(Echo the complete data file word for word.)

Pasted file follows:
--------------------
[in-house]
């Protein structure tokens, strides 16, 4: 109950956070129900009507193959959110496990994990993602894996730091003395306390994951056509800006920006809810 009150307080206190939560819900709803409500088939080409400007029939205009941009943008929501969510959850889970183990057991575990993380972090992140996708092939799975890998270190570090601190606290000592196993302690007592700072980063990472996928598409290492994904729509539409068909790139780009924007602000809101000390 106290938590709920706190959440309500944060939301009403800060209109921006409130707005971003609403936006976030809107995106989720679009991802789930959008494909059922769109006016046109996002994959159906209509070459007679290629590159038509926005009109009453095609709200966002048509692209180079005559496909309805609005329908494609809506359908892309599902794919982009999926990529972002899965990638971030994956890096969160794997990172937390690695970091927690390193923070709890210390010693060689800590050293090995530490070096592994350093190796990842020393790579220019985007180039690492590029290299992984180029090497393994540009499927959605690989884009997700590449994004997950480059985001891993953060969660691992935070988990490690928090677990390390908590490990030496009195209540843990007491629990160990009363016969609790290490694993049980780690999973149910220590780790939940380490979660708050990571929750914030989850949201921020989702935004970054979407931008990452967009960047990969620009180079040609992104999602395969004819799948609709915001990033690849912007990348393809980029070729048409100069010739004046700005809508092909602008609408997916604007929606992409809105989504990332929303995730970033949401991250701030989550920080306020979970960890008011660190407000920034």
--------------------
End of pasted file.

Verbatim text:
[in-house]
């Protein structure tokens, strides 16, 4: 109950956070129900009507193959959110496990994990993602894996730091003395306390994951056509800006920006809810 009150307080206190939560819900709803409500088939080409400007029939205009941009943008929501969510959850889970183990057991575990993380972090992140996708092939799975890998270190570090601190606290000592196993302690007592700072980063990472996928598409290492994904729509539409068909790139780009924007602000809101000390 106290938590709920706190959440309500944060939301009403800060209109921006409130707005971003609403936006976030809107995106989720679009991802789930959008494909059922769109006016046109996002994959159906209509070459007679290629590159038509926005009109009453095609709200966002048509692209180079005559496909309805609005329908494609809506359908892309599902794919982009999926990529972002899965990638971030994956890096969160794997990172937390690695970091927690390193923070709890210390010693060689800590050293090995530490070096592994350093190796990842020393790579220019985007180039690492590029290299992984180029090497393994540009499927959605690989884009997700590449994004997950480059985001891993953060969660691992935070988990490690928090677990390390908590490990030496009195209540843990007491629990160990009363016969609790290490694993049980780690999973149910220590780790939940380490979660708050990571929750914030989850949201921020989702935004970054979407931008990452967009960047990969620009180079040609992104999602395969004819799948609709915001990033690849912007990348393809980029070729048409100069010739004046700005809508092909602008609408997916604007929606992409809105989504990332929303995730970033949401991250701030989550920080306020979970960890008011660190407000920034």